On this special occasion, I want to say a really heartfelt and sincere thank you to everyone who pops in, either on a regular basis or once in a while (not forgetting the newbies). Your comments, support and yes, sometimes painful, but honest comments have often helped to me to climb out the very dark hole I found myself in. With this in mind, I'd like to say a very special thank you to these friends (and I do consider you to be such):

Rachael, The Tense Teacher, Bradbox, Larry, Just and the Y.M.

I know that you, ladies and gentlemen are regular visitors and I want you to know that I really appreciate your invaluable contributions.

So here's to the first year, let's raise a glass of virtual champagne, take a sip and gird our loins for The Teacher - Year 2 !!

Happy Birthday folks.....and thank you Blogger for giving me the chance to let it all out.

Onwards and upwards - kadimah!

Thursday, 6 April 2006

The Term Is Nearly Over!

Tuesday, 4 April 2006

Because Teaching Isn't Challenging Enough!

After nearly a year of teaching, another “first” happened to me this morning.

I was teaching my Year 7 form, who are without a doubt the most dysfunctional class in the entire year (just my luck eh?) and as usual a fight broke out amongst the students. I tried to get over to the victim, but as I approached her she was already on her way out of the room.

After an incident last week where I got into trouble for stepping out of the room for a moment, only to come back to a fight, I have drawn an invisible border around the edge of the doorpost, through which I will not venture when a class is in session. With this in mind, I didn’t give chase through the hallway and also assumed that she’d calm down and eventually come back.

She didn’t.

In fact she’d walked out of school and gone home.

When the lesson was over and I had dismissed the class, I spoke with some of the other kids in playground to find out if they’d spotted her. They told me she’d taken the lead of another student and gone home (after a fight).
I immediately got hold of the head of Year and explained what had happened.

He called the house and sure enough, there she was. Later in the day, she came back with her aunt who complained that she wanted to take the girl out of school because it wasn’t “safe”.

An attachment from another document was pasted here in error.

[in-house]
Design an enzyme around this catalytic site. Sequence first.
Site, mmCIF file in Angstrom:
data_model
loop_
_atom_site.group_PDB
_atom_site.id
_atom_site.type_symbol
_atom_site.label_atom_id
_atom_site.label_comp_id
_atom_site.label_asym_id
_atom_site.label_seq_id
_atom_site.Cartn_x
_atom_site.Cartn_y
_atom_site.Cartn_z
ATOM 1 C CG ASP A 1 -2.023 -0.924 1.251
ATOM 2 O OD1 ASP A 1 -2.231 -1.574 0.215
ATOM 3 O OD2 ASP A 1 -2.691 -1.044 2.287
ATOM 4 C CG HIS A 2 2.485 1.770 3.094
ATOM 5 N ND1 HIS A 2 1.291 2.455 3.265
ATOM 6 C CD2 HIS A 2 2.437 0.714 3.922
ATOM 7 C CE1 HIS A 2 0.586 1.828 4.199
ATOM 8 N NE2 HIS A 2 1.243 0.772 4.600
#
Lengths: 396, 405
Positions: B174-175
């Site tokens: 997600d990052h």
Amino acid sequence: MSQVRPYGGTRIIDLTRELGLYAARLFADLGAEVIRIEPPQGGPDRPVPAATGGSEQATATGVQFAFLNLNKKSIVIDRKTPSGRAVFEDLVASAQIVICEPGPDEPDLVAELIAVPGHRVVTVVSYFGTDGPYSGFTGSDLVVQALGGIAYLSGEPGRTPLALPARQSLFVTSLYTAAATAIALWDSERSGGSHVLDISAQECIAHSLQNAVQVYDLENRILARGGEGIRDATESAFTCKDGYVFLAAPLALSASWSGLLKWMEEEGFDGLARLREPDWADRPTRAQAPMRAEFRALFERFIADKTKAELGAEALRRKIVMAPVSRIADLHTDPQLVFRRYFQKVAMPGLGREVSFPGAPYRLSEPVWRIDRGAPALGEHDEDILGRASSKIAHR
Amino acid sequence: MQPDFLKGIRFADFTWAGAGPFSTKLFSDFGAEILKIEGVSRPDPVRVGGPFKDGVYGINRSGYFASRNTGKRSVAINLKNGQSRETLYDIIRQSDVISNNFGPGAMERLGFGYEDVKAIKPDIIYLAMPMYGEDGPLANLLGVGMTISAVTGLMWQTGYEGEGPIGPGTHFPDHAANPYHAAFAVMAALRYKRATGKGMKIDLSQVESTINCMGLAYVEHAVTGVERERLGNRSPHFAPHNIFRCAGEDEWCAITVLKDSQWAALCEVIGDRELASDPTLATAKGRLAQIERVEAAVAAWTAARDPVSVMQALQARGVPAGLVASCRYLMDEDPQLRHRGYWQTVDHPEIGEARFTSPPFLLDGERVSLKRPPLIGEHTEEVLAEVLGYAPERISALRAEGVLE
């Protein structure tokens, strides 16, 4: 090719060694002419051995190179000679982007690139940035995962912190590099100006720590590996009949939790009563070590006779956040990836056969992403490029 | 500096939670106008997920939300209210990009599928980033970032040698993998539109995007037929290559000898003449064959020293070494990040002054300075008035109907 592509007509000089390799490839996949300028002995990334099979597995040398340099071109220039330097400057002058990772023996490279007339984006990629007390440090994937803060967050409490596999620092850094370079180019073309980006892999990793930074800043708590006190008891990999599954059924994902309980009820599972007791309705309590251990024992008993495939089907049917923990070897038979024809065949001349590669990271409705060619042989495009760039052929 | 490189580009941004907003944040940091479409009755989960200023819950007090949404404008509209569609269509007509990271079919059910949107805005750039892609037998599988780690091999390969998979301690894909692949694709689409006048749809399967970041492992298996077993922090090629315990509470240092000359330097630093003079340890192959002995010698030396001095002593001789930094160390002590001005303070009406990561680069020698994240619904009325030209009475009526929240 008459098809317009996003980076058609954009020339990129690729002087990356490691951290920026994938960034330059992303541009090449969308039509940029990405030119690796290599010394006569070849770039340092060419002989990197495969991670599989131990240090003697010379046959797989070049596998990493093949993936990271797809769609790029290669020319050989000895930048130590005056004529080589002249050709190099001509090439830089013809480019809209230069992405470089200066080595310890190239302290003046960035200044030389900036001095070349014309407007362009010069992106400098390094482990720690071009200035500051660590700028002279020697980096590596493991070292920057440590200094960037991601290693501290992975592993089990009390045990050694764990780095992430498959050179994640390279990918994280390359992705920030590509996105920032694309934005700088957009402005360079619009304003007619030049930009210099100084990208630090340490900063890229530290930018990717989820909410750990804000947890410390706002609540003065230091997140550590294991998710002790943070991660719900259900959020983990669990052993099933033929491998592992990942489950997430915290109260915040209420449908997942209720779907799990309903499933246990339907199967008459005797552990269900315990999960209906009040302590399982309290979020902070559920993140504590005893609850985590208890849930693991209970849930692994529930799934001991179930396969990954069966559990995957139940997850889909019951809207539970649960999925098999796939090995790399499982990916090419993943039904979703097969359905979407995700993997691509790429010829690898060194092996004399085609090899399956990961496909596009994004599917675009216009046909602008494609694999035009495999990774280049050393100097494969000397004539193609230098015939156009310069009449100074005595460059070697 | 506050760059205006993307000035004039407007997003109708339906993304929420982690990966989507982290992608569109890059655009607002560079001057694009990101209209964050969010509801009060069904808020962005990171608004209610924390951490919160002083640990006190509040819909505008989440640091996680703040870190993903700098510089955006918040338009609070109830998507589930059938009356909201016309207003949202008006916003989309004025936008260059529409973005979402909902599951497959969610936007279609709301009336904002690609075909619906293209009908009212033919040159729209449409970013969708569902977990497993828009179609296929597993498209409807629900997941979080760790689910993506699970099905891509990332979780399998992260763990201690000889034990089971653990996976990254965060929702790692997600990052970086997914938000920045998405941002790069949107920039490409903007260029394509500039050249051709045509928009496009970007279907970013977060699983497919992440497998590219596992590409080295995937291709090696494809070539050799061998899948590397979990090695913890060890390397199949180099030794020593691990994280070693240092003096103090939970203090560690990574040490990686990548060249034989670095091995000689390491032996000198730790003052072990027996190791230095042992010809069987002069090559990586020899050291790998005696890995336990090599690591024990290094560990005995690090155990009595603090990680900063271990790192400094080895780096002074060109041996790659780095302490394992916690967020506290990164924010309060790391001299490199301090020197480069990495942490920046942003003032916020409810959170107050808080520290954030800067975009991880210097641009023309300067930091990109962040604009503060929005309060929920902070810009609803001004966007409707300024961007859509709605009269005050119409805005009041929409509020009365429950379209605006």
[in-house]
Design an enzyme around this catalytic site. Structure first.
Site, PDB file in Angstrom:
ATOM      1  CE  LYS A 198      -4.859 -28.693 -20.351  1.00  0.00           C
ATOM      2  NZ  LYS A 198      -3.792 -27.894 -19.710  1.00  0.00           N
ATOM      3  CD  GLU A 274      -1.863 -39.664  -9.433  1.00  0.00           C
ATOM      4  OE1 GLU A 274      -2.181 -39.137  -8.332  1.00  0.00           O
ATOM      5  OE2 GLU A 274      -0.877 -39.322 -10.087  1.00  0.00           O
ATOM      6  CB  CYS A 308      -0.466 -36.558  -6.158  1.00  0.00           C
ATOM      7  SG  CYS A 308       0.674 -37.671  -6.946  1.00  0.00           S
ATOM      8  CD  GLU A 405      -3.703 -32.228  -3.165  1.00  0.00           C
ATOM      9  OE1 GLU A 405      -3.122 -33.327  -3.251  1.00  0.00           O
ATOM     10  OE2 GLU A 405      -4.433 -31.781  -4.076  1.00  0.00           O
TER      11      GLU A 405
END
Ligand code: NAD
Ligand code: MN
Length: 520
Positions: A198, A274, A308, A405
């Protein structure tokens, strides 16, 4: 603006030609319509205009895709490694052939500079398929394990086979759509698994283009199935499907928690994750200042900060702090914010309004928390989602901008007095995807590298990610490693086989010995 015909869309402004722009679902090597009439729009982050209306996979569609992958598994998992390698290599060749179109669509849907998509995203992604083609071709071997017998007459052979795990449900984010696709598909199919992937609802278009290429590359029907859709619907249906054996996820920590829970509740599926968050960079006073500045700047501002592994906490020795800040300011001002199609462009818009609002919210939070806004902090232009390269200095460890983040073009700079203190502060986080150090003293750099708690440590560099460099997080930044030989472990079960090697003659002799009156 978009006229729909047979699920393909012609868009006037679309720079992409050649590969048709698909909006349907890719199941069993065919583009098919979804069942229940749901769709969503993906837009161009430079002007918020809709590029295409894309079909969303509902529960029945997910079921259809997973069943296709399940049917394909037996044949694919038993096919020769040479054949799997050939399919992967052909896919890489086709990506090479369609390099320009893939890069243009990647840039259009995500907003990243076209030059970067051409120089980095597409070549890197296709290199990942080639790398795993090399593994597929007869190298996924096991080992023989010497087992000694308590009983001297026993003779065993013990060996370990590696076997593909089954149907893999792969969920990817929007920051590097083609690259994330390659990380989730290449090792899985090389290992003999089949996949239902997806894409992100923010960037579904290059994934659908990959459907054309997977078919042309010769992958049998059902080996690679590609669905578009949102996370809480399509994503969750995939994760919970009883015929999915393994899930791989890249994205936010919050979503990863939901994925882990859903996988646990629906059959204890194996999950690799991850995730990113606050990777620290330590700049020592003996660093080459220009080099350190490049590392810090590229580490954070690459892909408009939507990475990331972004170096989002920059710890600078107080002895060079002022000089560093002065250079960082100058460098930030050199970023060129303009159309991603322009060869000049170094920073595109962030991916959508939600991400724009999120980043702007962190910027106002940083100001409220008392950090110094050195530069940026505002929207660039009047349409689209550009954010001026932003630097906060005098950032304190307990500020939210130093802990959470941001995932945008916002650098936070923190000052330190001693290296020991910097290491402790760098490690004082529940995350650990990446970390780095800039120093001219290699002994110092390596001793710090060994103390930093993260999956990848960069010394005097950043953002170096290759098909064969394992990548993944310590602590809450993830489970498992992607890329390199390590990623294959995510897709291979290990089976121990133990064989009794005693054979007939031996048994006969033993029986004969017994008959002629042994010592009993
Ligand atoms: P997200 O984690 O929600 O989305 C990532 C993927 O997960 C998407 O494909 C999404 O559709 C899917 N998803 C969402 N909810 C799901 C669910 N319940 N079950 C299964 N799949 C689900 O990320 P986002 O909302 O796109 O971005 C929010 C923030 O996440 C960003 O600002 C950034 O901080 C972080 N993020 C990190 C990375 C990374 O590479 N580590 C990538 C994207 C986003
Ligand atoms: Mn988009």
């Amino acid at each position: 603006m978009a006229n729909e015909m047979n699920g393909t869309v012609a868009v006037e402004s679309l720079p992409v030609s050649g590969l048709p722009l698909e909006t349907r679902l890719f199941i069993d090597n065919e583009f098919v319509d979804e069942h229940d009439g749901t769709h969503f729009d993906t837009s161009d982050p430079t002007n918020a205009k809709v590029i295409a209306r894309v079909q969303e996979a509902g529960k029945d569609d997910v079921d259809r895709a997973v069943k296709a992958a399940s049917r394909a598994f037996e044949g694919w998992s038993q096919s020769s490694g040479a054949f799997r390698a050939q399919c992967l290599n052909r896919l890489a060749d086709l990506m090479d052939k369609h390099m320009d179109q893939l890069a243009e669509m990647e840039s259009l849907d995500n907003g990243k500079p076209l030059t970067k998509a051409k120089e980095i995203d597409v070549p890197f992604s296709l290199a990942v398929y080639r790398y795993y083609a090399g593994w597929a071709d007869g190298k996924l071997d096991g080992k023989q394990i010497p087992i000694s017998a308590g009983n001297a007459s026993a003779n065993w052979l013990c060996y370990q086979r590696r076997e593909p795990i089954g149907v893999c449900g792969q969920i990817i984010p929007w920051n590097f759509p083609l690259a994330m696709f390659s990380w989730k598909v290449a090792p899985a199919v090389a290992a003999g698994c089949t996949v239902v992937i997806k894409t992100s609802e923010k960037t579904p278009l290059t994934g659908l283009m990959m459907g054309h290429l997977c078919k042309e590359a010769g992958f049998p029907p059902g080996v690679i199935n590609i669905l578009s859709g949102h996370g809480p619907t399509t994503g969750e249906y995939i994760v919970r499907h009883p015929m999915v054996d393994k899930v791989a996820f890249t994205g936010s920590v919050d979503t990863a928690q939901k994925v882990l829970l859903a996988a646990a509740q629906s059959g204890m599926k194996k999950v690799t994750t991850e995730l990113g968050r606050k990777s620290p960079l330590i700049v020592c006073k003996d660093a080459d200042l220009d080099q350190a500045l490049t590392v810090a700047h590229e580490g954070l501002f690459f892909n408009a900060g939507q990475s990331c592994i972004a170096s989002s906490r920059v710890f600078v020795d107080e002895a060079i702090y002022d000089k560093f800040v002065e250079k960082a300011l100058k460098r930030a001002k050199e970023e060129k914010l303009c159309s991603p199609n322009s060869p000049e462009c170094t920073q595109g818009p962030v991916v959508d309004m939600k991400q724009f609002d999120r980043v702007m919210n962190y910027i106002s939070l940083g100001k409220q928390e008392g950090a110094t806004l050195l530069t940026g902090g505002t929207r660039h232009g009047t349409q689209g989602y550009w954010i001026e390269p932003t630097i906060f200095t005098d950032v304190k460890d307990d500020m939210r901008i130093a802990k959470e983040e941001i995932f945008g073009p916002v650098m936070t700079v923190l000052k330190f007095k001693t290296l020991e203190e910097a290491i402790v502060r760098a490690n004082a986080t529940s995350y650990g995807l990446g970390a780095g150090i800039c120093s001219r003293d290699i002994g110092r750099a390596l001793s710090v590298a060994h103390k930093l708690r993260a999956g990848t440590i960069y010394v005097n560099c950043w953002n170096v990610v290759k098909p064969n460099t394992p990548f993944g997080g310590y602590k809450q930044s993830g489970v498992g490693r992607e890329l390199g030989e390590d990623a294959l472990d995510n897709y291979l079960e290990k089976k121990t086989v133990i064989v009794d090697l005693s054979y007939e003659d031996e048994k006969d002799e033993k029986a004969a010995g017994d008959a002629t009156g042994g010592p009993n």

So let me get this right:
A girl walks out of a classroom, leaves the school premises and goes home. We get in touch to find out if she’s ok and we’re told that we aren’t safe!

I do feel a little bad about the whole situation, but at the end of the day,
I refuse to be held responsible if a child takes a decision to remove herself from my care. The one issue that could have been contentious is if she had been injured (i.e. run over) on the way home from school, since we are responsible for her wellbeing during school hours.

So, how was your day?!

The Second Podcast (I'm On A Roll!)

Monday, 3 April 2006

My First Podcast

Ok, this is how it works. If the title of a post is coloured orange, it links to my podcast. Could you therefore please click the above, to hear my first vocal message to you.

Feel free to leave comments!

Sunday, 2 April 2006

Coming Soon (?)

I thought I’d try my hand at podcasting, so I’ve made a recording and am waiting to get the green light to upload it to an online host. Once that’s done, it will be accessible from this site (well, that’s the theory).

Watch this space…

Am I A Bad Parent III?

Four seminal words that have kept me going through the last 48+ hours:

Thank G-d For Chocolate.

Am I A Bad Parent II?

This has been one of the worst weekends I care to recall. From Friday afternoon, I have been left to look after the kids. Dana came back last night, but it doesn’t seem to have made a blind bit of difference because, even though she’s back, I’ve still been left to look after the girls.

You women out there are going to have a go at me for complaining but I’m at the point where I actually don’t care how sexist or offensive I’m being – one thing we need to set straight here is that we men are not in any way, shape or form designed to look after children for a period of over two hours. Forty eight hours and we’re in way way way above our heads. Added to this, I’m beginning to wonder if our house is haunted, as I’m finding that the more I tidy up, the more mess there appears to be.